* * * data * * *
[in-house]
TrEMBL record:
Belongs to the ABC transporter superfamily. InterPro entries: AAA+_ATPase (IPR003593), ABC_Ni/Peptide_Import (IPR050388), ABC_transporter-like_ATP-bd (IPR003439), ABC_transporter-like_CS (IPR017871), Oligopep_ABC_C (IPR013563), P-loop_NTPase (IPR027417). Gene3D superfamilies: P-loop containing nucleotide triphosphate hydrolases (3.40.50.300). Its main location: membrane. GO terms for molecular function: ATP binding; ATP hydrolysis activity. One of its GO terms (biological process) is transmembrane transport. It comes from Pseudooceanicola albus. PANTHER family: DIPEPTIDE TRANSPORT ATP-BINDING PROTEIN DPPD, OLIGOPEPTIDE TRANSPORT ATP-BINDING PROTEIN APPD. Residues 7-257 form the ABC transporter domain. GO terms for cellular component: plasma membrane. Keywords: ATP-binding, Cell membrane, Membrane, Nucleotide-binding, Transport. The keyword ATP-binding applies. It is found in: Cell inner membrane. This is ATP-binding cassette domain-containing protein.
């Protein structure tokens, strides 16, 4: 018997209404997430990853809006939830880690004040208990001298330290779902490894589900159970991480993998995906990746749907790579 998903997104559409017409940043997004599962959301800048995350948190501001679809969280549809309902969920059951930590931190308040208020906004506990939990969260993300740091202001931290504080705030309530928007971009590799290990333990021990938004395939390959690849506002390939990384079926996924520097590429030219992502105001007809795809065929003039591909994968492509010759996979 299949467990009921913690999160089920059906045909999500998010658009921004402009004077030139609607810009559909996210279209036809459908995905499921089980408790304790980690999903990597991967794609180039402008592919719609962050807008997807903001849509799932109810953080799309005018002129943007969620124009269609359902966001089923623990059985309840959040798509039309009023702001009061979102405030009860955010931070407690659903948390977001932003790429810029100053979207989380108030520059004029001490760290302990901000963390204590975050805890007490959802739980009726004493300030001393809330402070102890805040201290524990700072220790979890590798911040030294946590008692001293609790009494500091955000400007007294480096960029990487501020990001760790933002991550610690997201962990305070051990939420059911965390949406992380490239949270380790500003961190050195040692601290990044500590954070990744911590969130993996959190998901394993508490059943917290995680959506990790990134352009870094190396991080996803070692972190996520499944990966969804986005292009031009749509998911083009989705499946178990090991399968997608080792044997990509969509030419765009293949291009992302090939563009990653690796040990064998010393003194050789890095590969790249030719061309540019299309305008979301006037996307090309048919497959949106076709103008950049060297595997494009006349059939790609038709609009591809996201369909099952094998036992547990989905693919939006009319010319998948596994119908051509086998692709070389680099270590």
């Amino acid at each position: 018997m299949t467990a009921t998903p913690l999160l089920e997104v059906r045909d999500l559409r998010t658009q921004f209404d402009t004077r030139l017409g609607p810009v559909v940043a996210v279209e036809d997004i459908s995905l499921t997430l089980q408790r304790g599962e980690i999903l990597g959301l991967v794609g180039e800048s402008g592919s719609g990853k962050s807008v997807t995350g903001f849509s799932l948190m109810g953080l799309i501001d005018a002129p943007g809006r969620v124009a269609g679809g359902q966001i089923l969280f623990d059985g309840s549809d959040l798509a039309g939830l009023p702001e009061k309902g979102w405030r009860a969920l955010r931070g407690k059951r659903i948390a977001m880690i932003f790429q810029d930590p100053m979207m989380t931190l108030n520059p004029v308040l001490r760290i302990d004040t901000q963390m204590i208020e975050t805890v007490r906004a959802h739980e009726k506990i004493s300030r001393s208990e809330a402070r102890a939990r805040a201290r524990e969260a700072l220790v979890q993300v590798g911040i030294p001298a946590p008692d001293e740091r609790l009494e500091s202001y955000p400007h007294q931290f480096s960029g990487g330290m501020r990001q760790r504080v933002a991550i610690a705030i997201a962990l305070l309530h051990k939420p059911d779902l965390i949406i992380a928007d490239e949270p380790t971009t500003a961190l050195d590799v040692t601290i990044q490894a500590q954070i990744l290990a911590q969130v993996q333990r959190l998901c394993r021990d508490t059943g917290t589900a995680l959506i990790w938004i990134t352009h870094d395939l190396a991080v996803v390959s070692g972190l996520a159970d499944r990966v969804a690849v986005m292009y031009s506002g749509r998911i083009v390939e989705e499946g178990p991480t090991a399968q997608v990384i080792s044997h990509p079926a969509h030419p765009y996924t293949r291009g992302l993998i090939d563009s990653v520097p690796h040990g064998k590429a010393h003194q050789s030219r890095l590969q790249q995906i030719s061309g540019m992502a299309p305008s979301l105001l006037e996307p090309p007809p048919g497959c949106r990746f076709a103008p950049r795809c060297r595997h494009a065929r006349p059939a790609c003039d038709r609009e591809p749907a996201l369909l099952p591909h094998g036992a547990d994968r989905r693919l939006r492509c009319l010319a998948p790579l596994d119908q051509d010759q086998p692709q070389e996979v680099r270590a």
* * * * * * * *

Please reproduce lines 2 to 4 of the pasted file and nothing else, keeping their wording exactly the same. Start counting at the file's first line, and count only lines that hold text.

TrEMBL record:
Belongs to the ABC transporter superfamily. InterPro entries: AAA+_ATPase (IPR003593), ABC_Ni/Peptide_Import (IPR050388), ABC_transporter-like_ATP-bd (IPR003439), ABC_transporter-like_CS (IPR017871), Oligopep_ABC_C (IPR013563), P-loop_NTPase (IPR027417). Gene3D superfamilies: P-loop containing nucleotide triphosphate hydrolases (3.40.50.300). Its main location: membrane. GO terms for molecular function: ATP binding; ATP hydrolysis activity. One of its GO terms (biological process) is transmembrane transport. It comes from Pseudooceanicola albus. PANTHER family: DIPEPTIDE TRANSPORT ATP-BINDING PROTEIN DPPD, OLIGOPEPTIDE TRANSPORT ATP-BINDING PROTEIN APPD. Residues 7-257 form the ABC transporter domain. GO terms for cellular component: plasma membrane. Keywords: ATP-binding, Cell membrane, Membrane, Nucleotide-binding, Transport. The keyword ATP-binding applies. It is found in: Cell inner membrane. This is ATP-binding cassette domain-containing protein.
């Protein structure tokens, strides 16, 4: 018997209404997430990853809006939830880690004040208990001298330290779902490894589900159970991480993998995906990746749907790579 998903997104559409017409940043997004599962959301800048995350948190501001679809969280549809309902969920059951930590931190308040208020906004506990939990969260993300740091202001931290504080705030309530928007971009590799290990333990021990938004395939390959690849506002390939990384079926996924520097590429030219992502105001007809795809065929003039591909994968492509010759996979 299949467990009921913690999160089920059906045909999500998010658009921004402009004077030139609607810009559909996210279209036809459908995905499921089980408790304790980690999903990597991967794609180039402008592919719609962050807008997807903001849509799932109810953080799309005018002129943007969620124009269609359902966001089923623990059985309840959040798509039309009023702001009061979102405030009860955010931070407690659903948390977001932003790429810029100053979207989380108030520059004029001490760290302990901000963390204590975050805890007490959802739980009726004493300030001393809330402070102890805040201290524990700072220790979890590798911040030294946590008692001293609790009494500091955000400007007294480096960029990487501020990001760790933002991550610690997201962990305070051990939420059911965390949406992380490239949270380790500003961190050195040692601290990044500590954070990744911590969130993996959190998901394993508490059943917290995680959506990790990134352009870094190396991080996803070692972190996520499944990966969804986005292009031009749509998911083009989705499946178990090991399968997608080792044997990509969509030419765009293949291009992302090939563009990653690796040990064998010393003194050789890095590969790249030719061309540019299309305008979301006037996307090309048919497959949106076709103008950049060297595997494009006349059939790609038709609009591809996201369909099952094998036992547990989905693919939006009319010319998948596994119908051509086998692709070389680099270590």